My rating: 3 of 5 stars
I'm conflicted about this novel. I wanted to like it. A lot. The writing is lovely and lyrical, the sense of place is reminiscent of novels like The Yearling, Their Eyes Were Watching God, even A Tree Grows in Brooklyn. Stories of community and struggle and family.
Verble's debut novel brings to life the hardscrabble Cherokee and Seminole communities of Oklahoma in the 1920s. Maud Nail is part of that community, living on the government allotment given to her family by the US government, a valuable commodity for people who've had everything taken away from them.
When a handsome peddler with a wagon full of goods comes down Maud's section line she's immediately attracted to him. Booker represents all she desires--learning, city life, an existence with indoor plumbing and modern temptations like bobbed hair and short dresses. Most importantly, he has books, and it's her love of reading that brings the spark between them to life.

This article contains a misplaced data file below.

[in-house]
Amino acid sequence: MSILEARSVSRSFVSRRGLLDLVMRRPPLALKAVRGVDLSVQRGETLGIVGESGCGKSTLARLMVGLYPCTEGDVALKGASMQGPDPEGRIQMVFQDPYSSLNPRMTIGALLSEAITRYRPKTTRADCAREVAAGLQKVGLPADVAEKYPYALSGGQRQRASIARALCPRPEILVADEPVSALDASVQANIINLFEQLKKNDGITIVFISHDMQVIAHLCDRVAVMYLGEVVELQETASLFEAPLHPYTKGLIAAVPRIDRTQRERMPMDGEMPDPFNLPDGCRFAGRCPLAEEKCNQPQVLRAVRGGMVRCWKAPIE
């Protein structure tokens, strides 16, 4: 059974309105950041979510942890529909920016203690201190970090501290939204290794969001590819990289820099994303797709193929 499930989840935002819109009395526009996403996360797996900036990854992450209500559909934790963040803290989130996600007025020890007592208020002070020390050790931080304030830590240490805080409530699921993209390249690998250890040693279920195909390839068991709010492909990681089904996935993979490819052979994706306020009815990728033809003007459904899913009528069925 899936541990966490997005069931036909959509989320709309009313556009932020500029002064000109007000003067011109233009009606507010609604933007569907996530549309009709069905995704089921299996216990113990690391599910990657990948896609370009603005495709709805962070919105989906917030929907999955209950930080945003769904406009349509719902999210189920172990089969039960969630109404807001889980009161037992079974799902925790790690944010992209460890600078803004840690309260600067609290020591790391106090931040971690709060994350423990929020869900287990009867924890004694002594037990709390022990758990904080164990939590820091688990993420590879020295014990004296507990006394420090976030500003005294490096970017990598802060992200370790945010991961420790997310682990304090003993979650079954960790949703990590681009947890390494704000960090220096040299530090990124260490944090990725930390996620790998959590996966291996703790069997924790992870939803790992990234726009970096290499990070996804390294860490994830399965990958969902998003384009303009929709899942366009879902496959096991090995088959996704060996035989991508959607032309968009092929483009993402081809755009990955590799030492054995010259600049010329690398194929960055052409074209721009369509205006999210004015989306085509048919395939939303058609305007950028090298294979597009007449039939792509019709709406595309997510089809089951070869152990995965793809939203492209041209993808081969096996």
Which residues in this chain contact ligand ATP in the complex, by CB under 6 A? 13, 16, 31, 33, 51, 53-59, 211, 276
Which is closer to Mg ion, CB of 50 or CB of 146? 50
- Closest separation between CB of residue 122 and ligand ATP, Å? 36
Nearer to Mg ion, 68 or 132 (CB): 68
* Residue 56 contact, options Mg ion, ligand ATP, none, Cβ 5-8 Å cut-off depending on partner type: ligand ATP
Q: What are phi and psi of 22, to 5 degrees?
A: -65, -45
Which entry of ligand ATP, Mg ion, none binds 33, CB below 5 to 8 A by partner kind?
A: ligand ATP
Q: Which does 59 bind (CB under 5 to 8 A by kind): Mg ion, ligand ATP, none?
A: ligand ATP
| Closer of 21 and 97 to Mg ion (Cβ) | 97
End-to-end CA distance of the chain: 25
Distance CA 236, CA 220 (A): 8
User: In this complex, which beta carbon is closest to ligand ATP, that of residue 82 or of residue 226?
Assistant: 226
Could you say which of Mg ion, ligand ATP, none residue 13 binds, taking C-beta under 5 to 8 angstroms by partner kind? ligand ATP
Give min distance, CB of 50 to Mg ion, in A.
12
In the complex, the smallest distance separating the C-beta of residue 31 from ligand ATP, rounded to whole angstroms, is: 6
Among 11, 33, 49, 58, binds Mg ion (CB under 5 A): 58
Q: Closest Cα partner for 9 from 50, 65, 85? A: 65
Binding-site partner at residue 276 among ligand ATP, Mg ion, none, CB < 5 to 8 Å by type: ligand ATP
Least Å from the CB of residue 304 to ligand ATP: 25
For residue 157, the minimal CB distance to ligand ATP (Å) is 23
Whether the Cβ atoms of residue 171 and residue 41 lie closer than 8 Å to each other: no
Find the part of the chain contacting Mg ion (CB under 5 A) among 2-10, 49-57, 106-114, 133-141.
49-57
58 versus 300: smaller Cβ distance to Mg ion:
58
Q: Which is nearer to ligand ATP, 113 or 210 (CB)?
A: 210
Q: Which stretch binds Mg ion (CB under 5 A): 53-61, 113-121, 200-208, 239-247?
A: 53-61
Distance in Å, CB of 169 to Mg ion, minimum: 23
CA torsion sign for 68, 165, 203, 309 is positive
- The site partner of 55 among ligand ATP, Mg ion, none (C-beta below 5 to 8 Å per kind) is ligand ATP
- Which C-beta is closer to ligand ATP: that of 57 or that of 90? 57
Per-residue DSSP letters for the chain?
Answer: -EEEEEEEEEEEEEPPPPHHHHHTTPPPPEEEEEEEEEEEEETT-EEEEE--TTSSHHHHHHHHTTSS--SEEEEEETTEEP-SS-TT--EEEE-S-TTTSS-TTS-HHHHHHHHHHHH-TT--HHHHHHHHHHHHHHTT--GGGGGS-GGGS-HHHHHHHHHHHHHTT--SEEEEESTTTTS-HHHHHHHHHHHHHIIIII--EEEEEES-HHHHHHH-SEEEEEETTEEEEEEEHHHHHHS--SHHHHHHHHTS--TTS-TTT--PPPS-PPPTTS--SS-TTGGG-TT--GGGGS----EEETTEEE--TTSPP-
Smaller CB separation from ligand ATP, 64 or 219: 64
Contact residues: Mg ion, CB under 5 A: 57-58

As I said, I wanted to love it more than I did. Maud's love of books and desire to better herself resonated with me. The descriptions of life in her community were spot-on. But at the end of the novel I was dissatisfied with Maud's inability to seize control of her own destiny. The action at the end seemed rushed and even somewhat incoherent. She gave up something that could have made her future secure for a future that seems tenuous at best. I simply could not be satisfied with what came across as a weak action from a character who up until that point had been strong and durable.
However, I enjoyed Ms. Verble's writing immensely, and I look forward to seeing more from her in the future. Maud's Line is a promising debut novel.
Note: I received a copy of this book from the publisher in exchange for an honest review.
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